As set forth above, the optically machine-readable coded marking 2 formed on the sidewall 1b of the glass panel 1 during the course of manufacturing the CRT comprises the undercoating layer 2a of the heat- and acid-resistant paint, the mark 2b printed with the heat-resistant ink and the overcoating layer 2c of the transparent heat- and acid-resistant paint, or otherwise comprises the undercoating layer 2a and the mark 2b. Therefore, the marking is prevented from deteriorating or wearing away during the subsequent process of manufacturing the CRT with the effect of eliminating failure to read the marking during the subsequent process thereof and misreading of the marking.

According to the present invention, moreover, undercoating and overcoating layer applicators of ordinary construction may be usable even though those applicators 15, 17 or only the undercoating layer applicator 15 is required to be added during the process of manufacturing CRTs. As a result, the apparatus for manufacturing CRTs is prevented from becoming not only complicated in construction but also costly, in other words, the unit price of a CRT is not increased.

BRIEF DESCRIPTION OF THE DRAWINGS

FIG. 1 is a perspective view of a CRT embodying the present invention, the CRT being provided with an optically machine-readable coded marking on the sidewall of its glass panel;

FIG. 2 is an enlarged sectional view of the glass panel equipped with the machine-readable marking;

FIG. 3 is a block diagram illustrating the process of providing the machine-readable marking by means of a CRT manufacturing apparatus and the process prior to the above process; and

FIG. 4 is a block diagram illustrating a specific position for the machine-readable marking to be formed on the sidewall of the glass panel.

BACKGROUND OF THE INVENTION

The present invention relates generally to a cathode ray tube having an optically machine-readable coded marking on an external surface thereof and methods of producing CRTs (Cathode-Ray Tubes) having an, optically machine-readable coded marking, and more particularly to a CRT having a machine-readable marking on an optically machine-readable marking on a sidewall of its glass panel that is prevented from deteriorating during the process of manufacturing the CRT and a method of making the same.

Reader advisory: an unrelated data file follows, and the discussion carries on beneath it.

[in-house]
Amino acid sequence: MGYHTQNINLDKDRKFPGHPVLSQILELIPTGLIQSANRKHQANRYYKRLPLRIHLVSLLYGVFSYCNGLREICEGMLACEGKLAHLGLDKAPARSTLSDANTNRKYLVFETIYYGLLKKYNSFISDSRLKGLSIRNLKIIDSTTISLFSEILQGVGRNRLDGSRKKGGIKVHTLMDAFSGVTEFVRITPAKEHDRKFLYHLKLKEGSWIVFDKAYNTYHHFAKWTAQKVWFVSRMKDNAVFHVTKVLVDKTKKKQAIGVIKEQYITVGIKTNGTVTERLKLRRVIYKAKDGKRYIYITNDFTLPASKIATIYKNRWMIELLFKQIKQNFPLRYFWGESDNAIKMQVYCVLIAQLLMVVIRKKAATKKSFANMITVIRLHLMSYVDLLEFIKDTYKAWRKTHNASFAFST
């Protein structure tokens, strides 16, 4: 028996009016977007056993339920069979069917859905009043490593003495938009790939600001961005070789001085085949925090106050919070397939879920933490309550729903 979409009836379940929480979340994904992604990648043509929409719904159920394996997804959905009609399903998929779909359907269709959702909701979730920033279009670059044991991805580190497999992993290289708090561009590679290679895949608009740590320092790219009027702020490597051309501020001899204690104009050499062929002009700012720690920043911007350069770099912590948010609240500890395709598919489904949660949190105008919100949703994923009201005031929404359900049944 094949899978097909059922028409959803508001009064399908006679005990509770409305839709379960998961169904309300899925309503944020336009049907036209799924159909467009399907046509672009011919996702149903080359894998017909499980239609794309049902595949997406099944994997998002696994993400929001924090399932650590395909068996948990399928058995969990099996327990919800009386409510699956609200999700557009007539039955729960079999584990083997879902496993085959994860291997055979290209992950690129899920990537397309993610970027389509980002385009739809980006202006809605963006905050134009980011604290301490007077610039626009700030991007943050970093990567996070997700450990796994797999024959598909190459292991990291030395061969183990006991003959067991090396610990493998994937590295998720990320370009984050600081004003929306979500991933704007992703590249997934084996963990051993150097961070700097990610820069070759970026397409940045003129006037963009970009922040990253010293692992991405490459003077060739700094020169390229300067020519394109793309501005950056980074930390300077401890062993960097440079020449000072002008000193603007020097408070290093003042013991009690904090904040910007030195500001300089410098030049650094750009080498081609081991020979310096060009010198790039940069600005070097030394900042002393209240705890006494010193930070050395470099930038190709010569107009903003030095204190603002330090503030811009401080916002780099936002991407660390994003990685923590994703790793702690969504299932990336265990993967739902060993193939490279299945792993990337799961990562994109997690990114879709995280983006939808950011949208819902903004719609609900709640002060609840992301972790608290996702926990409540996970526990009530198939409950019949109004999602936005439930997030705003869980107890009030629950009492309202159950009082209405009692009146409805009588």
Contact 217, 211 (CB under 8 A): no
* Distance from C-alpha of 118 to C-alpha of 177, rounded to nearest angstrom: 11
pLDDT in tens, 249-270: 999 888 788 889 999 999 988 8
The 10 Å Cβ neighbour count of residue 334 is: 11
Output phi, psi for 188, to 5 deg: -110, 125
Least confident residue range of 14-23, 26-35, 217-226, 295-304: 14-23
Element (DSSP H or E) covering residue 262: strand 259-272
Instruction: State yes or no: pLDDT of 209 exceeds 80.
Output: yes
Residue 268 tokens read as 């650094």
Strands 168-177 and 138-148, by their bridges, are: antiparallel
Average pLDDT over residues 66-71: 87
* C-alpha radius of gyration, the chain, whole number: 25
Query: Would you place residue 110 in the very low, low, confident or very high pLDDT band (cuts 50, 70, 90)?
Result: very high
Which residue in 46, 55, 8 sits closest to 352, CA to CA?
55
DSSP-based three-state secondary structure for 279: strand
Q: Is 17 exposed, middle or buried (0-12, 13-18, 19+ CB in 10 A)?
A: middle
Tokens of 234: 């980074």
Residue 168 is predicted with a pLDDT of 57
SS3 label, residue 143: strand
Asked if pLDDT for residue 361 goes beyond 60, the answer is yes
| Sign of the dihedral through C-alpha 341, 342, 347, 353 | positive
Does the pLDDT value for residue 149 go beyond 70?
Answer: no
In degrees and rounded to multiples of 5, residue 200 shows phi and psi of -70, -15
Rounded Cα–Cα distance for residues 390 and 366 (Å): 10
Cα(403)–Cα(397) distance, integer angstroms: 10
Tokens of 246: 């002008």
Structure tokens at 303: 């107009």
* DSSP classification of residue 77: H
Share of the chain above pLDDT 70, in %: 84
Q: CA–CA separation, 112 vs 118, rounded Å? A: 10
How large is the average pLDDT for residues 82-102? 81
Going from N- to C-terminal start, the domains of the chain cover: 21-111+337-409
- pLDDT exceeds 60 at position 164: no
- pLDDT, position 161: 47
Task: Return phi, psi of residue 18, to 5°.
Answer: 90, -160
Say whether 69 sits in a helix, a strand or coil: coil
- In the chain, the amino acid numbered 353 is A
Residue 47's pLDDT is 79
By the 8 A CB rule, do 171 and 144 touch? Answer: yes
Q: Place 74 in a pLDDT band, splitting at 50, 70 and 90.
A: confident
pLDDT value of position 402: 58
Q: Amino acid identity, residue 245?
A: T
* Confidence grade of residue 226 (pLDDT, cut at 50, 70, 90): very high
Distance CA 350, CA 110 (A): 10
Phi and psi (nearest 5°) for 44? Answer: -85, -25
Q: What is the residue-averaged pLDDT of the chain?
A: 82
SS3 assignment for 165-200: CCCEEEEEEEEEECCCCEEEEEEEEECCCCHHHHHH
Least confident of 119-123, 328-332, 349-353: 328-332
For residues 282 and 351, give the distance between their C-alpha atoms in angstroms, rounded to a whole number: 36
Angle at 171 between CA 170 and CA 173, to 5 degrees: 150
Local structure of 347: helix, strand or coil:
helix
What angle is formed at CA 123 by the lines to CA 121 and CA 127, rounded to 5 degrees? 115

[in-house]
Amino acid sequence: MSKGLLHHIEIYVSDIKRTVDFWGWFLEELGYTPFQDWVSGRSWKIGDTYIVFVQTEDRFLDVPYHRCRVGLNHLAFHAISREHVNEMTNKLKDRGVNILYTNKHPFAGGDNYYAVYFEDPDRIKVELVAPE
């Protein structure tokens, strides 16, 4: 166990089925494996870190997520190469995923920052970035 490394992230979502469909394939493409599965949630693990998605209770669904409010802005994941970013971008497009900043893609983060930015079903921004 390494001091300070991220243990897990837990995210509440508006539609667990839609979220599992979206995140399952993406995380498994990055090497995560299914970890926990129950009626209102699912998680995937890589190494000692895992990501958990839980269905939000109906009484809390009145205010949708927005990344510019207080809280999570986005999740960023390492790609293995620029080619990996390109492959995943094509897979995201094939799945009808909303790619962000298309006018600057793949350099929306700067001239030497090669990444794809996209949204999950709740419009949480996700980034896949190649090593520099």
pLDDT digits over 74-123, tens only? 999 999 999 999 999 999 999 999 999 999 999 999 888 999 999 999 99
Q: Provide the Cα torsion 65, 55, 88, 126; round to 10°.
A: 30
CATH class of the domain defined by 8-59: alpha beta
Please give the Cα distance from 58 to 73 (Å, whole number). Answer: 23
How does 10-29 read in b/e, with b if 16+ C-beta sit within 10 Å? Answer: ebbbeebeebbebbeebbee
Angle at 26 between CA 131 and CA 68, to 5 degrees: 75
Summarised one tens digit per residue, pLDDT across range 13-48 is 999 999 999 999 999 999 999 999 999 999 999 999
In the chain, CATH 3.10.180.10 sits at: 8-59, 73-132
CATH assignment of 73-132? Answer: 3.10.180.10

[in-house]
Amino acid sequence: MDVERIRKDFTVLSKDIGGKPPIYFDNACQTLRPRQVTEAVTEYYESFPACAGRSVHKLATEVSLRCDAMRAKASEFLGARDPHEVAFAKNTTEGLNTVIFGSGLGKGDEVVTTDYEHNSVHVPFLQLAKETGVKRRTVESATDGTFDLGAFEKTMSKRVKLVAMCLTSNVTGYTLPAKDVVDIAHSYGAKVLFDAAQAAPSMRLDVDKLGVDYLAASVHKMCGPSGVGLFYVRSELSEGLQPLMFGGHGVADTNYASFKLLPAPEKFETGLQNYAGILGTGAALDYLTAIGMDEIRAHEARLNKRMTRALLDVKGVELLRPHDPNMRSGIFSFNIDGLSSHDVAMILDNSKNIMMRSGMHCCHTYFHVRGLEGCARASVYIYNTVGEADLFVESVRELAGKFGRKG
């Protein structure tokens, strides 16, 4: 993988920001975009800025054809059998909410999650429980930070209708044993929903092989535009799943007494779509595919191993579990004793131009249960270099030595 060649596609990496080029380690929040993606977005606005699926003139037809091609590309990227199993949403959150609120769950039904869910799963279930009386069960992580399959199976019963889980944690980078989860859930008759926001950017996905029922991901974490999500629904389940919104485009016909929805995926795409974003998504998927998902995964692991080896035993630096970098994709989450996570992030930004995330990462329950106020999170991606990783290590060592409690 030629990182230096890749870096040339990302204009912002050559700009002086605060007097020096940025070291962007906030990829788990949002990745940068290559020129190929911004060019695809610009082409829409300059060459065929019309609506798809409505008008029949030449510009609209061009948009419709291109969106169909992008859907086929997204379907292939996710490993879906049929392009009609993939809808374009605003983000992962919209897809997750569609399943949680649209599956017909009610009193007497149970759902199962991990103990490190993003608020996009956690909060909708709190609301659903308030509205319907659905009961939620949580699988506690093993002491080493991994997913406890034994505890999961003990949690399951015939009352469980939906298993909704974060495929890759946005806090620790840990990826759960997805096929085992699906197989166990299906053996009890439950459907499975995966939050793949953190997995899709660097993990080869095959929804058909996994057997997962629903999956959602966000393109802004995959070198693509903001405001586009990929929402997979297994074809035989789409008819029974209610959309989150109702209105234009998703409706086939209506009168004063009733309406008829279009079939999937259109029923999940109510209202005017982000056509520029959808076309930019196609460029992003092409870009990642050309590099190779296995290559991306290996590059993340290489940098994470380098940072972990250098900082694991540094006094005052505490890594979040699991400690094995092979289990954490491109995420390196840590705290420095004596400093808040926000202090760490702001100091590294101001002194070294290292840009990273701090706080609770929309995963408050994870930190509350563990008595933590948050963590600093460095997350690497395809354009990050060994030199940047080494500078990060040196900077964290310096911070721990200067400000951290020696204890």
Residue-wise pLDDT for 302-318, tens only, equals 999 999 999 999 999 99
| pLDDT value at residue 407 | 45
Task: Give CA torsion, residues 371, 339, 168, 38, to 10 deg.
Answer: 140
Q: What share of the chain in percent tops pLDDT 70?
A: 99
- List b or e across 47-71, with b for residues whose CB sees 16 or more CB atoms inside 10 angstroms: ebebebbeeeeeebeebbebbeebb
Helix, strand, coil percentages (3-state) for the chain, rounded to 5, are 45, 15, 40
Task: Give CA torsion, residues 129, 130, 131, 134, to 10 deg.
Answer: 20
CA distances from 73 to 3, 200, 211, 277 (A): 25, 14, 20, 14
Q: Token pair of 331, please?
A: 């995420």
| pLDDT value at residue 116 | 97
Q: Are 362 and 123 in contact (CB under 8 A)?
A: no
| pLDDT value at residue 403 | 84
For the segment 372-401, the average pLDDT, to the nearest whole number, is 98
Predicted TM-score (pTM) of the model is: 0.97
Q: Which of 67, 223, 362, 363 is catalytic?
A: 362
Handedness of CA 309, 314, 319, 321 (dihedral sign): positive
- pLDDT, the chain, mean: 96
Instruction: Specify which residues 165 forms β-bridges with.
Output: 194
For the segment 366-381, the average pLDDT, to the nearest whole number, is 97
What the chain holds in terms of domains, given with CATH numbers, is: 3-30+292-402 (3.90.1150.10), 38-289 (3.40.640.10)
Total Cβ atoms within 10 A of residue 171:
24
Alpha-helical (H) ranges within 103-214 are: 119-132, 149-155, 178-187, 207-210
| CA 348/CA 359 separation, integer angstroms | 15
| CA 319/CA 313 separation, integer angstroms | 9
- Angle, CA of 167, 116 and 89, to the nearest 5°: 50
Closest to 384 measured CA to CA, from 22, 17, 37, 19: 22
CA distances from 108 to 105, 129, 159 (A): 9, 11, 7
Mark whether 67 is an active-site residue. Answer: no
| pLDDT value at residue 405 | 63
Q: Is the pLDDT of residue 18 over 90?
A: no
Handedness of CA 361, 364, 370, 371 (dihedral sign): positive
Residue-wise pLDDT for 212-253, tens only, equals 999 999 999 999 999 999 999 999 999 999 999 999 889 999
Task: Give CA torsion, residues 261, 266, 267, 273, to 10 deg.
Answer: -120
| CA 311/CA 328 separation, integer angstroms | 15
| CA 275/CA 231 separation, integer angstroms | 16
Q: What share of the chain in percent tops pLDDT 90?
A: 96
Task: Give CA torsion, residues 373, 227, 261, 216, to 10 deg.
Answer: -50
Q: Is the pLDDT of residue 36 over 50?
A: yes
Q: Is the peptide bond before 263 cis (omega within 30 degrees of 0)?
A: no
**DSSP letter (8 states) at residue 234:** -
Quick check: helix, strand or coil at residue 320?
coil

The process of manufacturing CRTs generally fabricates those having different tube types sequentially or selectively using a common CRT assembly line. While CRTs of one type are being manufactured on the assembly line, one component part for use in that type is combined with others for use therein successively.

The common practice that has heretofore been followed is for assemblers to select proper parts to be assembled into CRTs by visually checking the markings attached to the respective parts or checking the parts themselves during the process of manufacturing CRTs. However, assemblers have experienced great difficulty keeping up with not only the work of selecting and conveying corresponding parts but also working meticulously as the size and resolving power of CRTs to be manufactured increase. For this reason, efforts are being made to automate the machining and assembling of parts the whole CRT production line including every step of assembly.

In order to implement the aforementioned automatic machining and assembly, assembly work should be carried out by distinguishing the type of CRTs being presently manufactured and properly selecting parts usable for CRTs of that type in addition to performing machining operations fit for them. In this sense, it has been arranged to attach a marking indicating a type of CRT to be manufactured on the sidewall of its glass panel during the manufacturing process.